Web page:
McCullum deserved better than India's effort
The front foot takes up residence across the way, the weight of a bantam compresses the back leg and those blacksmith forearms crush the ball over extra cover for a boundary.
Brendon's Big Bash was as brilliant as it was certainly brave. Earlier in this match McCullum had tried to stand in for Ross Taylor at first slip. He didn't last a day. The skipper's wretched back creased him with pain. So to bat for over two days and to concentrate for 559 balls was heroic.
If you are a New Zealand fan, thine is the kingdom, the power and the glory, for ever and ever. Brendon McCullum is worthy of your faith. He played a great captain's innings, perhaps the greatest played by a cricket captain of New Zealand.
Other writers in these pages will give McCullum all the praise he so richly deserves. My intention is not to knock an epic knock, but to put it in a global context. Yes, McCullum has set world records, and nothing can detract from that achievement, but what will other countries say?
My guess is that they will take a long hard look at India, a country with an appalling record away from home, and wonder what on earth was going on. They will look at the facts and their faith in the game of cricket will be sorely tested.
These are those facts. In the fourth one-day international Shami dropped McCullum, a hard caught and bowled chance, when he had scored one run. When McCullum had reached 43, Jadeja and Rayudu dropped him, colliding in comical fashion.
In the fifth ODI Shami missed a ridiculously easy catch when McCullum was on 18. But what bothered me at the time was that Shami didn't look bothered. My mate and I looked at each other across a beer and raised an eyebrow.
In the first test Sharma missed a difficult caught-and-bowled when McCullum was on 46. On 102 Dhawan required two steps back to catch a simple top edge. But Dhawan ran under the ball. Dhoni and the third man pulled out of a skied catch when New Zealand's skipper was on 224. In the second innings Vijay dropped a sitter when McCullum was on 0. All schoolboy stuff.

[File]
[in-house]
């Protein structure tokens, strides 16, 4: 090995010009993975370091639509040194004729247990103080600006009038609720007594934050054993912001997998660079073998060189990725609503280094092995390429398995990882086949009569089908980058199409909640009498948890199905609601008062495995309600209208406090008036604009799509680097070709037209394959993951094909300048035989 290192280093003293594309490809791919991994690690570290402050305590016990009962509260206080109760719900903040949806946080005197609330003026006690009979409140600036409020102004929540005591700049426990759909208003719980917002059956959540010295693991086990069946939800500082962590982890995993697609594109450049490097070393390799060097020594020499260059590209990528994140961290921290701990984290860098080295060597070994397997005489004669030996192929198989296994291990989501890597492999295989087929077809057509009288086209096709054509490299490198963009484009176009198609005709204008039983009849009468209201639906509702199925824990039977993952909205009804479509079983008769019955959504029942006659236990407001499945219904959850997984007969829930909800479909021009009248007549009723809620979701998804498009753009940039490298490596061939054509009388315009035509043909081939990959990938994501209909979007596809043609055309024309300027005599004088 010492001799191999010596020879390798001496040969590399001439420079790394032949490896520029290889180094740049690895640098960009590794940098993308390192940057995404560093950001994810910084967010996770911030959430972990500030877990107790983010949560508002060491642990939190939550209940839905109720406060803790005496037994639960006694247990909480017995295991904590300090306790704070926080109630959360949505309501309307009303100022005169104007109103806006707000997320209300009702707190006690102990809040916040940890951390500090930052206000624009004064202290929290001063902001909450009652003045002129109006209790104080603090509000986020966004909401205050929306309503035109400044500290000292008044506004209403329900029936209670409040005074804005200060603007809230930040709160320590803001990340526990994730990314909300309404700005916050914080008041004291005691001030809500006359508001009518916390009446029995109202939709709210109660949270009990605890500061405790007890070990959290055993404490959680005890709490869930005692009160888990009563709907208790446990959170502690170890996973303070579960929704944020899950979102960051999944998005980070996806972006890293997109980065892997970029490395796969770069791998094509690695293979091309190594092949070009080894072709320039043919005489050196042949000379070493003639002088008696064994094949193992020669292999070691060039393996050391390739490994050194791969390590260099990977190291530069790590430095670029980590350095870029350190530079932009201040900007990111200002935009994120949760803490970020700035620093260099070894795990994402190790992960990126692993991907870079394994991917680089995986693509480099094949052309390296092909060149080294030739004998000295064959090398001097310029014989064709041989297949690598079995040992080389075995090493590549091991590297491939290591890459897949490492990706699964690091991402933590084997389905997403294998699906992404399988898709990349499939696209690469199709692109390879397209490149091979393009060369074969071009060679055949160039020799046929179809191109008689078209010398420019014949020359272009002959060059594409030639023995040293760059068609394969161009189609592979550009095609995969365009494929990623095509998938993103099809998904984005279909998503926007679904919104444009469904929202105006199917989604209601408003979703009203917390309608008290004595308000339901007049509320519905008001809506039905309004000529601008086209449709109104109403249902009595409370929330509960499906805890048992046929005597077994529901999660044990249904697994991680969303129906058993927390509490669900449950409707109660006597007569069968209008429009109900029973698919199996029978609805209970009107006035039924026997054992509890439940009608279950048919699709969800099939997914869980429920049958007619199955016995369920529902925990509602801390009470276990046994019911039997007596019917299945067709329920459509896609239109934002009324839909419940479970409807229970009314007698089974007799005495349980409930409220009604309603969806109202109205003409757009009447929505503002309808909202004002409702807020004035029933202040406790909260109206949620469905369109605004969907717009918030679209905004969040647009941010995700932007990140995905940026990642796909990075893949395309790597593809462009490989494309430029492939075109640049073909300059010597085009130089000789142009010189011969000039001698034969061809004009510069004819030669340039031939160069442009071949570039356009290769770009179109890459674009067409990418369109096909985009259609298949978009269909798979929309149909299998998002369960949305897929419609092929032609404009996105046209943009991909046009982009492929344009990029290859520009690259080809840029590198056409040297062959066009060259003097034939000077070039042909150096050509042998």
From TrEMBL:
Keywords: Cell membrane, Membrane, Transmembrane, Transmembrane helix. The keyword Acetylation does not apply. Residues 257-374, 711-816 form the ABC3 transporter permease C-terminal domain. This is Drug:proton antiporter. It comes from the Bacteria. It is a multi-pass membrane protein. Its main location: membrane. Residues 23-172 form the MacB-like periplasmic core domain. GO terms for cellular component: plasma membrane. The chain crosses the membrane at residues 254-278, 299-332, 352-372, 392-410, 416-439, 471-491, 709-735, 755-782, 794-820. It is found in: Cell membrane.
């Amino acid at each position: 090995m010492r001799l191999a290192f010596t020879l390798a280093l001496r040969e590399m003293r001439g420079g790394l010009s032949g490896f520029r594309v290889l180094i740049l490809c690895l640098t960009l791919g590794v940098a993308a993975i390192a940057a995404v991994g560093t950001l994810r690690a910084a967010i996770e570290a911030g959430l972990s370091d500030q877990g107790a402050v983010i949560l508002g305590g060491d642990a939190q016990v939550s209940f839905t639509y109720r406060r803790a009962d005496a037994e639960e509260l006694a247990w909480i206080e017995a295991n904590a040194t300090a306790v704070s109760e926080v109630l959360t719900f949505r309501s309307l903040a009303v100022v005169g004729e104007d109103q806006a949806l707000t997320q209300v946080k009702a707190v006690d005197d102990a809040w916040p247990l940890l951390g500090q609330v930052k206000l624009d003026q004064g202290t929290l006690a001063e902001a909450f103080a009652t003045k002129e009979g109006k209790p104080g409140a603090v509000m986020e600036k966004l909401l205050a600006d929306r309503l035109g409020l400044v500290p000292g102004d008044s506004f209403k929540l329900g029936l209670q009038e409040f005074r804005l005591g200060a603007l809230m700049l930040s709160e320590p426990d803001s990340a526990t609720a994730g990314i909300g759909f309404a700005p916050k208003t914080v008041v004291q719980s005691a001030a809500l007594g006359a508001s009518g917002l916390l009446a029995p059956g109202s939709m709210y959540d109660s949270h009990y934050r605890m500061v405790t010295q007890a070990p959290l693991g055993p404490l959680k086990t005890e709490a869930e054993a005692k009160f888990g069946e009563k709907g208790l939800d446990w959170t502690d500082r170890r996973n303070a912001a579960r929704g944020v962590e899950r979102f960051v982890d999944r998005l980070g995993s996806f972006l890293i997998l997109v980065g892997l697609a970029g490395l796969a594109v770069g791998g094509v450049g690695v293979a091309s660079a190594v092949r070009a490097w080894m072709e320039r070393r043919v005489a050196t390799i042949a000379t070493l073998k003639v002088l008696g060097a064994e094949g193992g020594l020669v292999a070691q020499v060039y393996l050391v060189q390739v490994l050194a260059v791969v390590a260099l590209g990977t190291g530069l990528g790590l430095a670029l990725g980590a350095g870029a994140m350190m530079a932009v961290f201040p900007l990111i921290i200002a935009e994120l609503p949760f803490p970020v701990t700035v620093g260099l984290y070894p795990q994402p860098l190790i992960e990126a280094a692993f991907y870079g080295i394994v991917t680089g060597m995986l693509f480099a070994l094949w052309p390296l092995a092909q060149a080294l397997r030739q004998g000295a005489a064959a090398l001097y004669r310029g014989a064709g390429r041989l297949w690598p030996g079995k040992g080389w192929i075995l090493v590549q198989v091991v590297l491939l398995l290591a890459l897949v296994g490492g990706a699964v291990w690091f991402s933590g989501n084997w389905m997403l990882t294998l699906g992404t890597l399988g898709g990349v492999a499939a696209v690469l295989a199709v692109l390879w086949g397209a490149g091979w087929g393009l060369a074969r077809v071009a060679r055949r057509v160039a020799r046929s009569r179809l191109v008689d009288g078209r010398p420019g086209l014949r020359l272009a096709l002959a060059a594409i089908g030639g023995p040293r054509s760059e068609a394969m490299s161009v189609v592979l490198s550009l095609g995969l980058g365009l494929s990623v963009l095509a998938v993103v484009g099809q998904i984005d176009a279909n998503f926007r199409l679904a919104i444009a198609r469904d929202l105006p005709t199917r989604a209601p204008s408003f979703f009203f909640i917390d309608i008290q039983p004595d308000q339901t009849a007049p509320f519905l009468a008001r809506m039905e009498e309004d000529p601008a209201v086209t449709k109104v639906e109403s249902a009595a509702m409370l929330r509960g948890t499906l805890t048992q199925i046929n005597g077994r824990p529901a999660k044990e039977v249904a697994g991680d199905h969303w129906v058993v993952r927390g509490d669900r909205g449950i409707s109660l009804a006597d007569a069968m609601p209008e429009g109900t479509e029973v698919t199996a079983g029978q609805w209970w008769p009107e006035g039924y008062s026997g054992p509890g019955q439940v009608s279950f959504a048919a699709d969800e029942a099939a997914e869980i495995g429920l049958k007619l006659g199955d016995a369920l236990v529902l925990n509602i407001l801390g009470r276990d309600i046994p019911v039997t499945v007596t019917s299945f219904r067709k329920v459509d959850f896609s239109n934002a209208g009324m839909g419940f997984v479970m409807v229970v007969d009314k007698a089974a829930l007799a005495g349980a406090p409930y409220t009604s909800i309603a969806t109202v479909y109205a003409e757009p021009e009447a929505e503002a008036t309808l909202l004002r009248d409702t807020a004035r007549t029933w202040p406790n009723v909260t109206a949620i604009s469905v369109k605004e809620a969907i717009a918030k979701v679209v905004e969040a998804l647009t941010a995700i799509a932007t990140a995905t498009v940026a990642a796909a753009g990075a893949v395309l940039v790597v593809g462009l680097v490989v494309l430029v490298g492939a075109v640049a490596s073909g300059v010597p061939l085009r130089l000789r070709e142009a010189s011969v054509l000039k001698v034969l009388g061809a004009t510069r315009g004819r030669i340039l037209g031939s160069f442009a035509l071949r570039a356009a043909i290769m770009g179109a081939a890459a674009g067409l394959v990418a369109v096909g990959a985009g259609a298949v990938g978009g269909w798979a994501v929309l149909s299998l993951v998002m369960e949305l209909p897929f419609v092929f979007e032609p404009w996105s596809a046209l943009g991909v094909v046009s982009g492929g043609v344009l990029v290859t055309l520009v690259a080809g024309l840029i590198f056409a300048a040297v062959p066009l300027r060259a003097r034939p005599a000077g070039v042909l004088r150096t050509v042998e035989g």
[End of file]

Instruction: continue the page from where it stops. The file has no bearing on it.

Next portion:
And so to the second test. The odd thing about McCullum's dismissal in the first innings was that Jadeja looked embarrassed to have caught him. He signalled at his team-mates that he had been unsighted and smiled sheepishly.
In the second innings McCullum was dropped by Kohli on 9. The commentator called it a "dolly." That term took me back to childhood. When McCullum was on 34, Dhoni, who has consistently stood strangely deep to give himself the best chance, missed a catch that would have been a sitter if he had been a yard forward.
On 36 Sharma dropped what should have been a pretty easy caught and bowled at this level. On 157 Dhawan put McCullum down in the slips. It looked a hard chance, but the ball had flown sluggishly. A good slipper would have snapped it up. That is eleven missed chances in the previous six innings by McCullum. Facts.
Only two conclusions are possible. Either this Indian team is one of the worst fielding teams in the history of the game - possible, very possible, and a national disgrace if true - or something suspect is going on.
Most of Stuff's online comment praises McCullum and rightly so. But there are doubters out there, even in New Zealand. Who can blame them when the wicketkeeper passes the gloves to Kohli and bowls an over or two himself.
"Dodgy," said one of you.
"Is this really a serious game?" asked another.
"Why are India playing without energy?"
We want to believe the evidence of our eyes, but Indian cricket has not made that easy over the years. Former captain Mohammad Azharuddin was banned at the end of the last century for matchfixing. He is now a member of parliament.
The current captain, MS Dhoni, is one of the subjects of an ongoing investigation according to reports in the Indian media. G Sampath Kumar, a police officer, has testified that: "There was negotiation for match-fixing between Rajasthan Royals and Chennai Super Kings, and CSK principal Gurunath Meiyappan has to communicate to CSK captain MS Dhoni and a few others for finalisation."
McCullum waits, he lets the ball come until he can almost smell it on the angled bat, then flicks it away with his bottom hand like a fly fisherman.
The world wants to believe the evidence of its own eyes.
But Indian cricket has let us and Brendon McCullum down. New Zealand's captain deserves much better. We all do.